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Of all the social media platforms, Facebook has the highest traffic. While it might not be the best for every business, it is a standard.
If, however, you want to have someone else manage your Facebook business page, here’s how to do that.
Once you have your Facebook page set up, go to your business page and click on settings.
You’ll get to another page and you’ll click on Page Roles.
And from here you can add anyone to your page as long as they are a “friend” of your personal profile.
You can add an Admin, Editor, Moderator, Advertiser, or Analyst. If you go to the Facebook help center, you can see what each role is able to do.
NOW – you can sit back, relax, and outsource your Facebook page management.
During the past two posts I might have convinced you to think about looking for some help. You might call people, get some quotes for some assistance, and then have sticker shock (especially if you have not had contractors working for you).
A few things to keep in mind. (more…)
Copyrights probably forbid me from adding the lyrics, but I’m sure if I use the phrase “Let it Go” and suggest you think about recent Disney movies — well the song will be stuck in your head (see below).
I’ve written about outsourcing in the past (see Related Articles), but I think this is a good time for areview.
Today we’ll talk about why to outsource, next time we’ll talk about finding good people to work with, and after that, we’ll talk about costs.
Most of my readers are busy solopreneurs or small business owners, and most of then can define their life using one word — BUSY!!!
I know the feeling. Somewhat overwhelmed, somewhat confused (what do I do NEXT).
How do these three things relate?
- A 5-part blog series on small business owners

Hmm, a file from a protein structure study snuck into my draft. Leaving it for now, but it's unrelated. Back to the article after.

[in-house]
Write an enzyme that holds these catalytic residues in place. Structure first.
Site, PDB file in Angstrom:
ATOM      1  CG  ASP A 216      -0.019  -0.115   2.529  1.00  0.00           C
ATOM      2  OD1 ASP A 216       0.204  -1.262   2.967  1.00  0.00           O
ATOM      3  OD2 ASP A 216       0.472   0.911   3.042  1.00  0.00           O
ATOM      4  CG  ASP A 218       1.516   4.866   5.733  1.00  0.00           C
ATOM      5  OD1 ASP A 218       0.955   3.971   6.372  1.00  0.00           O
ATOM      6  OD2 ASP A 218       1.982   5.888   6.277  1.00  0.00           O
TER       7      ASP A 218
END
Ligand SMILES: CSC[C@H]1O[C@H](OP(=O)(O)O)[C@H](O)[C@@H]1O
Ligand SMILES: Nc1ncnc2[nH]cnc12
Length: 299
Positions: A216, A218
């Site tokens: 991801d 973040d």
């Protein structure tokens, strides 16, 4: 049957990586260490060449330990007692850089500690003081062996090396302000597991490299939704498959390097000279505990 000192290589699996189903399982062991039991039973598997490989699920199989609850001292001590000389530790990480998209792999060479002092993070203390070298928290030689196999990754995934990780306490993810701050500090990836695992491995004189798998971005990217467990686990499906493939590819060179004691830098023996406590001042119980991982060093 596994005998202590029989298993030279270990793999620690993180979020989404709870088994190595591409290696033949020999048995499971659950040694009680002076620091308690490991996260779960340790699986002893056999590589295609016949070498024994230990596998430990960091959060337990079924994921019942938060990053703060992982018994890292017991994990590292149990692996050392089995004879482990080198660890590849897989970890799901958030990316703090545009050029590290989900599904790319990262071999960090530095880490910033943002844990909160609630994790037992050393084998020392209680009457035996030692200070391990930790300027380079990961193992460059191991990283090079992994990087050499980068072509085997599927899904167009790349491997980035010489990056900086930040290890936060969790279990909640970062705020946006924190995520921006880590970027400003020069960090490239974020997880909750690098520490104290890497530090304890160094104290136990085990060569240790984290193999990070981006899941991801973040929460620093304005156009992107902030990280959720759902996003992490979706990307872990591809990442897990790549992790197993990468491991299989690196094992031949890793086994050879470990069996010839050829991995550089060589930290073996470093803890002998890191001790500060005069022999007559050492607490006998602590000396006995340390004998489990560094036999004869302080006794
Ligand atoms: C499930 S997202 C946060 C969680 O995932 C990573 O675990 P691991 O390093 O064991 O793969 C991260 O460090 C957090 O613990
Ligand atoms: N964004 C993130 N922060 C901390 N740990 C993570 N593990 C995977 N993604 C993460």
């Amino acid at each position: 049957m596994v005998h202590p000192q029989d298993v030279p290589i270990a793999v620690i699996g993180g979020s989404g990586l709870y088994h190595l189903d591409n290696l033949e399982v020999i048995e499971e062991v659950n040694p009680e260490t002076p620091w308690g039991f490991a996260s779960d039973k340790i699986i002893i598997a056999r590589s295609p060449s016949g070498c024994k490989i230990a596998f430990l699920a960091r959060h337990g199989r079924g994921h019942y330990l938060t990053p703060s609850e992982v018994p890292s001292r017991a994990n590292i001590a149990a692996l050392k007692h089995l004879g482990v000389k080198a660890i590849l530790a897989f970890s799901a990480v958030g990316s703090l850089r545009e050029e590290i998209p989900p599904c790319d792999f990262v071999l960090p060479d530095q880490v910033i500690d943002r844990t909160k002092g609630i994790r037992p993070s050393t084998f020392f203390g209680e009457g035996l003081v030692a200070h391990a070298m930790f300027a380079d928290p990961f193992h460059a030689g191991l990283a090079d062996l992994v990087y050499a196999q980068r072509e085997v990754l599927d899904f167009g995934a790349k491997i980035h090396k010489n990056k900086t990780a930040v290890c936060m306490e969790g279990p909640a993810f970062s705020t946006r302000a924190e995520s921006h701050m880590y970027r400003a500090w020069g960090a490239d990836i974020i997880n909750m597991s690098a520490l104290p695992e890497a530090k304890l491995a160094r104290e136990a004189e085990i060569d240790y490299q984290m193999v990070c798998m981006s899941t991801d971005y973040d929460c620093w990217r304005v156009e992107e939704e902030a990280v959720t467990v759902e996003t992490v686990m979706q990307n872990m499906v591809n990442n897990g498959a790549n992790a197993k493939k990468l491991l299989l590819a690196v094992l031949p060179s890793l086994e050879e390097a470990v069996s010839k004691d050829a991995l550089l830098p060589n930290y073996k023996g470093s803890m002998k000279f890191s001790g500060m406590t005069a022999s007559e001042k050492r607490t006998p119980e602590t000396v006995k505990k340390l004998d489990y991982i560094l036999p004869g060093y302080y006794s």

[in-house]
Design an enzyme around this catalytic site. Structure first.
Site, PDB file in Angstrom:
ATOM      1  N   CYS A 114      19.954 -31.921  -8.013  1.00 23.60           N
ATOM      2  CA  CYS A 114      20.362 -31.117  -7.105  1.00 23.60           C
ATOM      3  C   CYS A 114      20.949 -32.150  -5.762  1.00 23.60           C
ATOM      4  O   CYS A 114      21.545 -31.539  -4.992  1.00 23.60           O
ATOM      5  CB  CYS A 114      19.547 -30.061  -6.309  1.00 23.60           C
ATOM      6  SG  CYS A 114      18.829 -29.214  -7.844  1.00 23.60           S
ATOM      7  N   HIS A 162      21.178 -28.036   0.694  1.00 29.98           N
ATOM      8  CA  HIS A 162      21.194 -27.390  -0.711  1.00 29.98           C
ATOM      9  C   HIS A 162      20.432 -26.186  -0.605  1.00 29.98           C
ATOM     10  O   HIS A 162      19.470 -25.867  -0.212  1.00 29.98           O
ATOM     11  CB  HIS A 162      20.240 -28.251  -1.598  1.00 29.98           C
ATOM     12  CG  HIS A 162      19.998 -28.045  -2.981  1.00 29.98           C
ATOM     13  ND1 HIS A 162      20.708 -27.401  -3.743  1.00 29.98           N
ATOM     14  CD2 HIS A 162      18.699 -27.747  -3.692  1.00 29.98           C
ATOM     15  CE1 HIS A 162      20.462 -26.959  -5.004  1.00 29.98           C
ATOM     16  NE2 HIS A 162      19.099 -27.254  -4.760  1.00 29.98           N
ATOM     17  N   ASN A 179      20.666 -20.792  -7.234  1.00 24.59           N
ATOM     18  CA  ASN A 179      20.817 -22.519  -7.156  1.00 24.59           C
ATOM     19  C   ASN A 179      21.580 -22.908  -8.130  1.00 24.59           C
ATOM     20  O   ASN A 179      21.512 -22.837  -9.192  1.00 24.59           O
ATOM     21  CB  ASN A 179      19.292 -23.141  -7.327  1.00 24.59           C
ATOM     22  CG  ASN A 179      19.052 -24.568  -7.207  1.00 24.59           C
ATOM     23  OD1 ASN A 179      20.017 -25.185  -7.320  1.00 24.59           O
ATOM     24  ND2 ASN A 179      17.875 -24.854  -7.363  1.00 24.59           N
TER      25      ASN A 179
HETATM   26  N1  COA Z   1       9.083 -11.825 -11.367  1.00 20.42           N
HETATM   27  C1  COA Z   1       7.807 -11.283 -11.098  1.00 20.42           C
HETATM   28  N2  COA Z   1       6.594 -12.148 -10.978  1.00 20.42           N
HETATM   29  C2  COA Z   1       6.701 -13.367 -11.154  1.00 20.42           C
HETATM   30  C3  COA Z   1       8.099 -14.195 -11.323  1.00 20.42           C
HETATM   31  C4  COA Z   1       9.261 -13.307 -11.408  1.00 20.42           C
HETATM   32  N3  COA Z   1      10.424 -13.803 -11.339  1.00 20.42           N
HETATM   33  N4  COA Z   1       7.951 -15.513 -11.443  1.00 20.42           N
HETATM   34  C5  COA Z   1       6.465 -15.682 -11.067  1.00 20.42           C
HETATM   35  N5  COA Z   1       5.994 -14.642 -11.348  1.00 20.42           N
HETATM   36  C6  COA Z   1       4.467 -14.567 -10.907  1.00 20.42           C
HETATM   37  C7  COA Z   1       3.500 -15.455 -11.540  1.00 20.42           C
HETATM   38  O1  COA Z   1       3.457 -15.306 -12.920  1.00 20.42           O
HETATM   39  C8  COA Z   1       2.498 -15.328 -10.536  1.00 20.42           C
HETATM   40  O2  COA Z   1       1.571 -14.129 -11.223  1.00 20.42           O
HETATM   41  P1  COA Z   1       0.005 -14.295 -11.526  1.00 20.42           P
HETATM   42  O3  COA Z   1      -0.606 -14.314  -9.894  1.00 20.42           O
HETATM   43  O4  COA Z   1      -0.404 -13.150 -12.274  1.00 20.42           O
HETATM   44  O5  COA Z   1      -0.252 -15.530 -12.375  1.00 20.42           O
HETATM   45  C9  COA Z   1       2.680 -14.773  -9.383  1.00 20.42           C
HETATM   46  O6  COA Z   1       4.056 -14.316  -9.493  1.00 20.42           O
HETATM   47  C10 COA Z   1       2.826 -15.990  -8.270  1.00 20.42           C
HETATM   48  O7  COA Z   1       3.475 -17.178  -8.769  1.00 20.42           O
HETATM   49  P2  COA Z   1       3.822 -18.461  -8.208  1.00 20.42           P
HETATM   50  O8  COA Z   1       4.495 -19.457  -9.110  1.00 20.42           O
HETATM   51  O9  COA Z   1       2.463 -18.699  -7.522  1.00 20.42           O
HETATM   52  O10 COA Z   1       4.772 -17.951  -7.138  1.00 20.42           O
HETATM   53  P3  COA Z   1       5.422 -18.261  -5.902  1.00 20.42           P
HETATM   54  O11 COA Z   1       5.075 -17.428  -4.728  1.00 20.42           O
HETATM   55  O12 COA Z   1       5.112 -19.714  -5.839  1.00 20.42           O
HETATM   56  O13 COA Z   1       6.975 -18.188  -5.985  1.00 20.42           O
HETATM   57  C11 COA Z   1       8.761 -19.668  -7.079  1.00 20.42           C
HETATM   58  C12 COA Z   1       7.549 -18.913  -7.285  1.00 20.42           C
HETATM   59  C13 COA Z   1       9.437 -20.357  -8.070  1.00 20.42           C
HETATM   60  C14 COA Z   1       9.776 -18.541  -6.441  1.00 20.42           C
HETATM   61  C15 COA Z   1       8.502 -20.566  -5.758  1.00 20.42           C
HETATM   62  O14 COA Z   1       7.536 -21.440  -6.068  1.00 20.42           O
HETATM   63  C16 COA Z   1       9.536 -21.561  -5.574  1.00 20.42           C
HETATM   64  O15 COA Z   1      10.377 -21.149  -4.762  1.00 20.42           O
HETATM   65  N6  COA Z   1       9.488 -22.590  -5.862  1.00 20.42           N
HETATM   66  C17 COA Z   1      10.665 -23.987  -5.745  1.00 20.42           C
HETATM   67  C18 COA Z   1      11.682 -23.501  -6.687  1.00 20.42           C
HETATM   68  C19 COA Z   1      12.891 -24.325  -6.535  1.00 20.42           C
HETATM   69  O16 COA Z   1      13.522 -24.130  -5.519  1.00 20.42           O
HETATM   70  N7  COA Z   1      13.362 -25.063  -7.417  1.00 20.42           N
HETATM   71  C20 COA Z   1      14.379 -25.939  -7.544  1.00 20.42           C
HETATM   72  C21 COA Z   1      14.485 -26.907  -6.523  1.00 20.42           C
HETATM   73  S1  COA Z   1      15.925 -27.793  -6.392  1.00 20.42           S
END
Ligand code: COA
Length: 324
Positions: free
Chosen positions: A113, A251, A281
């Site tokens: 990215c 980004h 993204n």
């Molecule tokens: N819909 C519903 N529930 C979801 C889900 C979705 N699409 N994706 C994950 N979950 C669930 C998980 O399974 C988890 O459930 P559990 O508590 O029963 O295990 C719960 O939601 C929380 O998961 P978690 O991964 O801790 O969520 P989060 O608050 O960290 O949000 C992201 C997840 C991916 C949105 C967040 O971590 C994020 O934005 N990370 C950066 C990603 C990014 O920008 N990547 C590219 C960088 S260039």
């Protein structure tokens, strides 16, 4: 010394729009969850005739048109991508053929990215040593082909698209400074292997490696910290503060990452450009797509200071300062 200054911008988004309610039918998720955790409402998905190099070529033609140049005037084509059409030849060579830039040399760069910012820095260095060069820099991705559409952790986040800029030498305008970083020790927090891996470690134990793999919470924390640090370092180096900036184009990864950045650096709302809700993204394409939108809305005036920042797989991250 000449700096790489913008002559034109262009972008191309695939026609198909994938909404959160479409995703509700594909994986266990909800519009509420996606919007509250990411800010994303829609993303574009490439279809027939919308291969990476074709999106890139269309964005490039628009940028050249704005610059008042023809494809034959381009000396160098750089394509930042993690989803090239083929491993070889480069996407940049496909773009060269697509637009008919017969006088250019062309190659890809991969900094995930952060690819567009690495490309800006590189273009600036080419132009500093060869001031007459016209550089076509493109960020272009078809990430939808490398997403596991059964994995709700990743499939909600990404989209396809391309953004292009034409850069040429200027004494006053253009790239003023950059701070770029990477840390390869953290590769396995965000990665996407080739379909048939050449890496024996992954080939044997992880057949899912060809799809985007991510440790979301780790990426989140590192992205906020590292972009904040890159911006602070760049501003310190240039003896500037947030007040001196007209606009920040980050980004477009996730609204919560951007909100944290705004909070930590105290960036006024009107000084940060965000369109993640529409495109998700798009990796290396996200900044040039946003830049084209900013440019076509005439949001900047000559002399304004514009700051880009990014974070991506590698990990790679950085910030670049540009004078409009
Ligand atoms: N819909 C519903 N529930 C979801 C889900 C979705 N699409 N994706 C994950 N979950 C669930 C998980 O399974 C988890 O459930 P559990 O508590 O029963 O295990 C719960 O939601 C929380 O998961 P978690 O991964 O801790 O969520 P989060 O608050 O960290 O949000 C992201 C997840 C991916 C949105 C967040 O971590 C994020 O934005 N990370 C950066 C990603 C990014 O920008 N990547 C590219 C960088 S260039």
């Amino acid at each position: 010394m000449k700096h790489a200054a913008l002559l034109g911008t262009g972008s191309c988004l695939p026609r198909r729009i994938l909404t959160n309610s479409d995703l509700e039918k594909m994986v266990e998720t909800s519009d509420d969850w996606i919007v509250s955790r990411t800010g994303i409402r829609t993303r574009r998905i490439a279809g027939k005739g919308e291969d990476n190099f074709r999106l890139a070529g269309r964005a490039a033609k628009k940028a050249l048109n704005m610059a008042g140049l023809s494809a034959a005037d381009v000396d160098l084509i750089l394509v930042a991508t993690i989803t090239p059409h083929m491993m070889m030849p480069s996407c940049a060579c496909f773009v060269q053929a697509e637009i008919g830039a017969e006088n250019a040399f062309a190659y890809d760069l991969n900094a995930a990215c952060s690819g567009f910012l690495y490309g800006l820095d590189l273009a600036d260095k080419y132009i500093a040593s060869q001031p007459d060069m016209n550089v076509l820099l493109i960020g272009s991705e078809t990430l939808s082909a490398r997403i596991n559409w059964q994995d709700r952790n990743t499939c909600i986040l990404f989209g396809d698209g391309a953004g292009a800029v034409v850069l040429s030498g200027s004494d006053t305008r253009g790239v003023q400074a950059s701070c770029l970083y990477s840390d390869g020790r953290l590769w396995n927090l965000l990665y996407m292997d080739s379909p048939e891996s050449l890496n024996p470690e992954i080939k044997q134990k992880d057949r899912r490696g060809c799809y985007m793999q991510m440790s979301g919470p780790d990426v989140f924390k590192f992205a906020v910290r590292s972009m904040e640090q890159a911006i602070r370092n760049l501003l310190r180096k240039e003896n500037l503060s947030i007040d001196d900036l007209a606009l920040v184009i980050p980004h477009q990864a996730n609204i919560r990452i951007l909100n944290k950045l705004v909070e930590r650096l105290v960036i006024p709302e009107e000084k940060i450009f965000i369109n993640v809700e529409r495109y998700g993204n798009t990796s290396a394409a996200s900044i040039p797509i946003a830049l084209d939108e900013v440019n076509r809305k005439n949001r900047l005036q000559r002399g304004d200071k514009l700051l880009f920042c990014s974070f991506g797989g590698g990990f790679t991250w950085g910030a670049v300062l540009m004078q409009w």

They really do relate and I’ll get to that in a minute.
Recently a graphic designer I know wrote a blog post about logo design and how you shouldn’t be afraid to make it personal. (You can read it here).
Before I started my business, I took a virtual assistant course at the local community college. One of the topics covered in the course was logo design, and as part of the assignment I came up with the butterfly idea.
Six months later, when I met with my graphic designer, I realized that I was really tied to my butterfly. They represent (to me) freedom and growth and “becoming” what you truly are. This is what I want not only for me and my business, but for my clients and their businesses.
Someone once pointed out that there may be people that think that the logo is less than “professional” looking (and sometimes it’s a good thing to point out pros and cons of any business decision when someone is consulting you), but I knew that this had become such an integral part of my vision for my business that if someone was bothered by it, they probably wouldn’t really want to work with me. And that’s okay (I’m always meeting new Virtual Assistants and if someone wants someone else to work with I can arrange introductions).
This brings us to the two introductions I want to do for my series on small business owners.
Beth Tomas is a graphic designer and the person that posted the blog post that got my mind going in this direction. Beth’s tagline (I love Beth’s tagline) is “I turn your dreams into pretty pictures.” She will sit and she will listen to you and try to get to know you and create a logo (or web images or brochure or flyer or …) that best represents you and your business.
Melissa Noto is another graphic designer. I’ve seen some of the cards and flyers she’s created for other business owners I know and she does a fabulous job at representing you and your business.
Yes, I’m promoting two different people in the same field, and yes neither of them is Suzanne Wills, who I wrote about last year. I have seen work from both of these women and they both do a fabulous job.
The important thing when working with any service provider is to find someone that you are comfortable working with and who can best relate to you and tell your story, because when it comes to telling your story through your brand. You want to person that can best understand your story.
(You may now ask “Okay Mary, what on EARTH does any of this have to do with Popeye?”)
One thing Popeye always says is, “I am what I am and it’s all that I am” (except he says “yam” sometimes.) Be who you authentically are and you will soar like one of my butterflies.
- 6 Tips for Expanding Your Personal Brand on LinkedIn. Susan Gilbert (entrepreneur.com)
- Make Your Brand Pop By Telling Your Story. Matthew Toren (entrepreneur.com)
- 3 Lessons From the ‘Breaking Bad’ School of Branding. Geoffrey James (inc.com)